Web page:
MSLT/MWT

What is a MSLT / PSG

Multiple Wake Test (MWT)

This test measures whether you can stay awake during a time when you are normally would not sleep.  This test is conducted during the day, but unlike the MSLT, the patient will attempt stay awake without napping during the daytime.  There will be 4 trials lasting 40 minutes. 

 

The Maintenance of Wakefulness Test (MWT) is used to measure how alert you are during the day. It shows whether or not you are able to stay awake for a defined period of time. This is an indicator of how well you are able to function and remain alert in quiet times of inactivity. 

The test is based on the idea that your ability to stay awake may be more important to know in some cases than how fast you fall asleep. This is the case when the MWT is used to see how well a sleep disorders patient is able to stay awake after starting treatment. It is also used to help judge whether a patient is too tired to drive or perform other daily tasks. 

 

Multiple Sleep Latency Test (MSLT)

Used to diagnose Narcolepsy and measure the degree of daytime sleepiness. To ensure accurate results, it is performed on the morning following a Diagnostic Overnight PSG. This test measures how long it takes you to fall asleep. A video camera is used to record movements during sleep. A Multiple Sleep Latency Test or MSLT, is designed to measure the degree of sleep tendency or sleepiness in a given patient. This test is conducted during the day following a routine PSG and features a series of up to 5 naps, each lasting usually less than 30 minutes.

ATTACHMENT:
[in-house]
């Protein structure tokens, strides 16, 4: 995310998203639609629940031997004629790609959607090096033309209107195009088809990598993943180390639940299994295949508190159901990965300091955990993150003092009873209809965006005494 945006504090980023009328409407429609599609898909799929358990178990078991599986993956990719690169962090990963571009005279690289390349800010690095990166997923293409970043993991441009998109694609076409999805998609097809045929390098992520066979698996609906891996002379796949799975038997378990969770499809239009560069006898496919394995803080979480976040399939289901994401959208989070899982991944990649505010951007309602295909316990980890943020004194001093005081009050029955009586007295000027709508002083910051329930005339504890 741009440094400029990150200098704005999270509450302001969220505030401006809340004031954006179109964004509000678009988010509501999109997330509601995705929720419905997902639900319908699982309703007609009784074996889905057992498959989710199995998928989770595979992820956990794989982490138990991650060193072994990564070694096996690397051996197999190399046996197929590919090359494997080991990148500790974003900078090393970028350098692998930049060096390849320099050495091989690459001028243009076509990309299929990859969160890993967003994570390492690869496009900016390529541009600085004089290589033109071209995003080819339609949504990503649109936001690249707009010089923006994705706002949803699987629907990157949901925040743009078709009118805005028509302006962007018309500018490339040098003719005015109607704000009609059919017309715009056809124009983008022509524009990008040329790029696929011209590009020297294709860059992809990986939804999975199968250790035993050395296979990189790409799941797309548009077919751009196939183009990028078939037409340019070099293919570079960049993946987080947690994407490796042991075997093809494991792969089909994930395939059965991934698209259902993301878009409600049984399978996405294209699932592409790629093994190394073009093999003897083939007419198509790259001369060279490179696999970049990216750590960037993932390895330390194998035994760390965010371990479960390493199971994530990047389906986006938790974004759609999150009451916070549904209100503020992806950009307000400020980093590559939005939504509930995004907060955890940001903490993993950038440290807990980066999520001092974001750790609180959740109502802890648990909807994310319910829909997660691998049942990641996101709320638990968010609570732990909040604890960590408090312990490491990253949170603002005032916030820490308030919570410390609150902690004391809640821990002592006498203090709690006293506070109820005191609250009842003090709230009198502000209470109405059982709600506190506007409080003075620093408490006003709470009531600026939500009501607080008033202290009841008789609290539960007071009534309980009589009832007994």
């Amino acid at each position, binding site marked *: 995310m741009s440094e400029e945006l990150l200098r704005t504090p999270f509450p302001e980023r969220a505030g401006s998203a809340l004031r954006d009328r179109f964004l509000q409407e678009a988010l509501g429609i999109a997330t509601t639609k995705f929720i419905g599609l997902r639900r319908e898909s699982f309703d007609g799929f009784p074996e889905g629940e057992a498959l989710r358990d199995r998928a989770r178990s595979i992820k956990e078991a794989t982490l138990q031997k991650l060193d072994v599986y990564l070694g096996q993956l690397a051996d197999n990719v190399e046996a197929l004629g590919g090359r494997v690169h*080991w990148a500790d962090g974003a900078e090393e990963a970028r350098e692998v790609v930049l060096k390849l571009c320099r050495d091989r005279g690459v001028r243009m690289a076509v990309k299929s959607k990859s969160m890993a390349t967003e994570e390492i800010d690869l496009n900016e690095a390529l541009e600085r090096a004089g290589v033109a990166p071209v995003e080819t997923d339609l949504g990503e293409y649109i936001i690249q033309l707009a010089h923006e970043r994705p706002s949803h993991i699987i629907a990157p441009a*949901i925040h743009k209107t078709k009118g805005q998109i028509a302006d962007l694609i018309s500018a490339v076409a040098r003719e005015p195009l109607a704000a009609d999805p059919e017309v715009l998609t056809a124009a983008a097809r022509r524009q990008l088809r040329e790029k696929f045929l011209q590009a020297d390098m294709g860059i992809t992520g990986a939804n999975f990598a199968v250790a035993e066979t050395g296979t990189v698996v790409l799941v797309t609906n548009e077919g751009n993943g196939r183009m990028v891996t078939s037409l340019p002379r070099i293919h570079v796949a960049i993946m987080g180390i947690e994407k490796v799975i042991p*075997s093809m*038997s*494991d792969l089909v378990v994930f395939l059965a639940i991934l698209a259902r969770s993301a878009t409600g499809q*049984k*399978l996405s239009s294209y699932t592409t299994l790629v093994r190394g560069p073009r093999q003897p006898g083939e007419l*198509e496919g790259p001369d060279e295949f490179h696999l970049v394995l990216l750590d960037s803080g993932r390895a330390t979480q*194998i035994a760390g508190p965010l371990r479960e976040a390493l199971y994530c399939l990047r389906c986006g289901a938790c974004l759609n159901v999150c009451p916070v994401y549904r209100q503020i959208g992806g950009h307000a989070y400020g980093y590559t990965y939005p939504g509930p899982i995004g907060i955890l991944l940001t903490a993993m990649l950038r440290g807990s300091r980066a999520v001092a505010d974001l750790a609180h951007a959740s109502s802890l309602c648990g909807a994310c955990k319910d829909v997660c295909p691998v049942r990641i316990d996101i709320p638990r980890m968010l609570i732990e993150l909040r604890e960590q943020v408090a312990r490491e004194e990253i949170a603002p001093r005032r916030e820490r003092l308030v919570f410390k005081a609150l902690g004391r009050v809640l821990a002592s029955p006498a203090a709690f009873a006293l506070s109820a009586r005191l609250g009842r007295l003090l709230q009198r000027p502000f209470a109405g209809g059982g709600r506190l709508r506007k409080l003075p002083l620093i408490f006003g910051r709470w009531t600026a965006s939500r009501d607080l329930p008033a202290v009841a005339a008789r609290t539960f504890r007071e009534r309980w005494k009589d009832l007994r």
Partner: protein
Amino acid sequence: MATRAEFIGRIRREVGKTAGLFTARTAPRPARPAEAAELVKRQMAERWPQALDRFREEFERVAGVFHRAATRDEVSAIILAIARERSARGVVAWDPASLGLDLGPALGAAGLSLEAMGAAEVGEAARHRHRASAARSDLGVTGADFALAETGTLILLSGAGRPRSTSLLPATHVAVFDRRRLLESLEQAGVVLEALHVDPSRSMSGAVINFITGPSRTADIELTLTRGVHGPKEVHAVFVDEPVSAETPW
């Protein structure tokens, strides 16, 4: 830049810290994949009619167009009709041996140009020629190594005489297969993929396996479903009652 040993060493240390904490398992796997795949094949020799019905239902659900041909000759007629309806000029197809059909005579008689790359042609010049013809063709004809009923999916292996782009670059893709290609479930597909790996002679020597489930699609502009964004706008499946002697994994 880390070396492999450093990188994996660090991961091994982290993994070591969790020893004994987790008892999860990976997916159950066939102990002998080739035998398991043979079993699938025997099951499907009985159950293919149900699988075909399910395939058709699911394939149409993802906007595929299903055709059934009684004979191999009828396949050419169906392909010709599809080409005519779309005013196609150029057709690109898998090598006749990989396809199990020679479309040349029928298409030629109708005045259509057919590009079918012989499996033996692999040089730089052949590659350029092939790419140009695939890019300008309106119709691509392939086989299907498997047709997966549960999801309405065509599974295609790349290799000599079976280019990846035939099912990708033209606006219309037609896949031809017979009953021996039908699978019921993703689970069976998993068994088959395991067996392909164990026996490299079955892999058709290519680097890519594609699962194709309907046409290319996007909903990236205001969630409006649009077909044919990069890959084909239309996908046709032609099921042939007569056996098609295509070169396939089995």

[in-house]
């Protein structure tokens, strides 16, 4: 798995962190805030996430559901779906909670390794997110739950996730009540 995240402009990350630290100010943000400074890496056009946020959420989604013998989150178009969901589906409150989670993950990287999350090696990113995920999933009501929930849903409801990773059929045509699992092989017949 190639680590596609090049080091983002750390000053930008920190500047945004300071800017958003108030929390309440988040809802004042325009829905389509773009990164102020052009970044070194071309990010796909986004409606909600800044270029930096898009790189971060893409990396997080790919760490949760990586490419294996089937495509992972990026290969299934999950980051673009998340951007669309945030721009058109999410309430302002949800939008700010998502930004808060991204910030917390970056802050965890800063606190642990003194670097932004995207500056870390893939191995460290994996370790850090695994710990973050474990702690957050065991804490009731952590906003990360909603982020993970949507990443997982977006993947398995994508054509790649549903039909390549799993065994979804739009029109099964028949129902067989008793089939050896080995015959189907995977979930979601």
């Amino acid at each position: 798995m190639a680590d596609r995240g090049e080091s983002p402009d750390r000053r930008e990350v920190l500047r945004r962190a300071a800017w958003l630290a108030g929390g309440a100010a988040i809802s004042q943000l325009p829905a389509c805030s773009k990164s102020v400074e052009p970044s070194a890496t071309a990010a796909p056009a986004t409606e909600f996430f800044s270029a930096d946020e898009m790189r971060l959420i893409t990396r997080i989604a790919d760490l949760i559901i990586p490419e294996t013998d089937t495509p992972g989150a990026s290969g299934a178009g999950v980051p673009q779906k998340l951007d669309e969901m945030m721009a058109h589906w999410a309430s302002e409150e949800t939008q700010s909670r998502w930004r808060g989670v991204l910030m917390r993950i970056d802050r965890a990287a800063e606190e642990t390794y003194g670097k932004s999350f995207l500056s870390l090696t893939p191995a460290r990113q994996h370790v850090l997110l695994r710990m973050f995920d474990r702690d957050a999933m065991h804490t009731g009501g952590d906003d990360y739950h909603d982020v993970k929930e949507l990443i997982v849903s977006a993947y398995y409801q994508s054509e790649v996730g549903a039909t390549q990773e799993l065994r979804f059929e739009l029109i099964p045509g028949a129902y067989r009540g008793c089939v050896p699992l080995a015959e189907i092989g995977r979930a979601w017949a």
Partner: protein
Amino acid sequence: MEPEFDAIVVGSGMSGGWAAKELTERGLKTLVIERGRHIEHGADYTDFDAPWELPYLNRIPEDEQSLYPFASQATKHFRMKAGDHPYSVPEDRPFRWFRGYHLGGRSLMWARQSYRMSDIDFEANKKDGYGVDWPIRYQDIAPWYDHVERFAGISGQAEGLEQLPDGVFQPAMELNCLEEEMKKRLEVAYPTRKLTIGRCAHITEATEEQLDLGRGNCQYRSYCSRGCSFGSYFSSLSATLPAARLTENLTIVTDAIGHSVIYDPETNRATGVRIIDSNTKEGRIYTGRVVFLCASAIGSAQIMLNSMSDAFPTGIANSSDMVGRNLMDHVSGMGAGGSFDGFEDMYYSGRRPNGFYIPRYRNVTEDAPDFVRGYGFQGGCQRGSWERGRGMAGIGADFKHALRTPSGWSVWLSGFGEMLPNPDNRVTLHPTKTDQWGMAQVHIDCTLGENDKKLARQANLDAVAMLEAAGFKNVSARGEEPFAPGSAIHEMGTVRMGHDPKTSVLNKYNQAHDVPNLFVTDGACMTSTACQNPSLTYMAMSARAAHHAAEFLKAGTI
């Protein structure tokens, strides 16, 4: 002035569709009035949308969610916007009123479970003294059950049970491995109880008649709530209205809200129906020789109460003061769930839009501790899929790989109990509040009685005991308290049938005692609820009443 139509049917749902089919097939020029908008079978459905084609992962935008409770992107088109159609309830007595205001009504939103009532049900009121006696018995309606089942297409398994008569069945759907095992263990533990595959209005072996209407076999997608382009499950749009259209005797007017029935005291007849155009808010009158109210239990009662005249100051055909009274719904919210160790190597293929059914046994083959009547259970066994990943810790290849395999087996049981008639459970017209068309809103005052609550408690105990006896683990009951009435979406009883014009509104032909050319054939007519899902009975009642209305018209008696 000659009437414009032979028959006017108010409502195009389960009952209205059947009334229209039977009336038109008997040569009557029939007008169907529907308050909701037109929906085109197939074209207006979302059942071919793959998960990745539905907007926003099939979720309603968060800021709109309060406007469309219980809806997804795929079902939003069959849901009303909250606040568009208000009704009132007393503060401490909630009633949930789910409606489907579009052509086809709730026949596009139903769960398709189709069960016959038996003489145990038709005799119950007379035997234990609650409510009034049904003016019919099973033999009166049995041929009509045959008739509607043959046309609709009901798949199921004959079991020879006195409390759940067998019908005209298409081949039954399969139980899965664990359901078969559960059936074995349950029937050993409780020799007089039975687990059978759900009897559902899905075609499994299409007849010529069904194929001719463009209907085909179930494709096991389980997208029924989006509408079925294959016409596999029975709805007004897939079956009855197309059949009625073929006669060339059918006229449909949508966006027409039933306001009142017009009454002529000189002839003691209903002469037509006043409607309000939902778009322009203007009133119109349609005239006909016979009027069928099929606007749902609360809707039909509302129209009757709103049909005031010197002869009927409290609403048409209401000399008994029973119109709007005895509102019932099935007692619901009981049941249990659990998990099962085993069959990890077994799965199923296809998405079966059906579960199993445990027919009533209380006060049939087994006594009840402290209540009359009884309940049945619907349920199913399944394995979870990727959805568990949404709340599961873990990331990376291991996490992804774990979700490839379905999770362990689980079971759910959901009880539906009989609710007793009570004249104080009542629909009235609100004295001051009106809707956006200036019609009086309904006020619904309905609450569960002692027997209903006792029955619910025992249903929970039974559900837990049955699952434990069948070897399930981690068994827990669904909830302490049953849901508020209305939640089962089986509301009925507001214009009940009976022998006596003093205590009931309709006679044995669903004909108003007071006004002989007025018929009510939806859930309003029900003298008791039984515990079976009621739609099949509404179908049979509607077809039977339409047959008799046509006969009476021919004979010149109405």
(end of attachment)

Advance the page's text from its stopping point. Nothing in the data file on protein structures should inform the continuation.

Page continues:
The MSLT is used extensively to test for narcolepsy, to distinguish between physical tiredness and true excessive daytime sleepiness, or to assess whether treatments for breathing disorders are working. Its main purpose is to discover how readily a person will fall asleep in a conducive setting, how consistent or variable this is, and the way they fall asleep in terms of REM sleep and other brain patterns. This can be used to identify and differentiate between various sleep problems.

 

Preparation: On the day of the test the patient is asked not to consume any stimulants, such as tea, coffee, colas, and chocolate.

  • Often a formal sleep study has been performed the night before.

  • Sometimes urine screening is done to make sure no substances exist in the subject's body that might interfere with sleep.

  • The patient may be asked to fill out a pre-test questionnaire.

  • Electrodes are attached to the patient's head to record brain waves.

  • Electrodes are attached by the eyes to record eye movement.

  • Electrodes are attached to the chin to detect muscle tone.

  • Heart beat may also be monitored.

  • The patient is asked to perform simple tasks to test that the equipment is working properly.

  • The patient is asked to nap for 20 minutes, and then is awakened.

  • The nap process is repeated every 2 hours for a total of four or five times.

  • The patient may be asked to fill out a post-test questionnaire.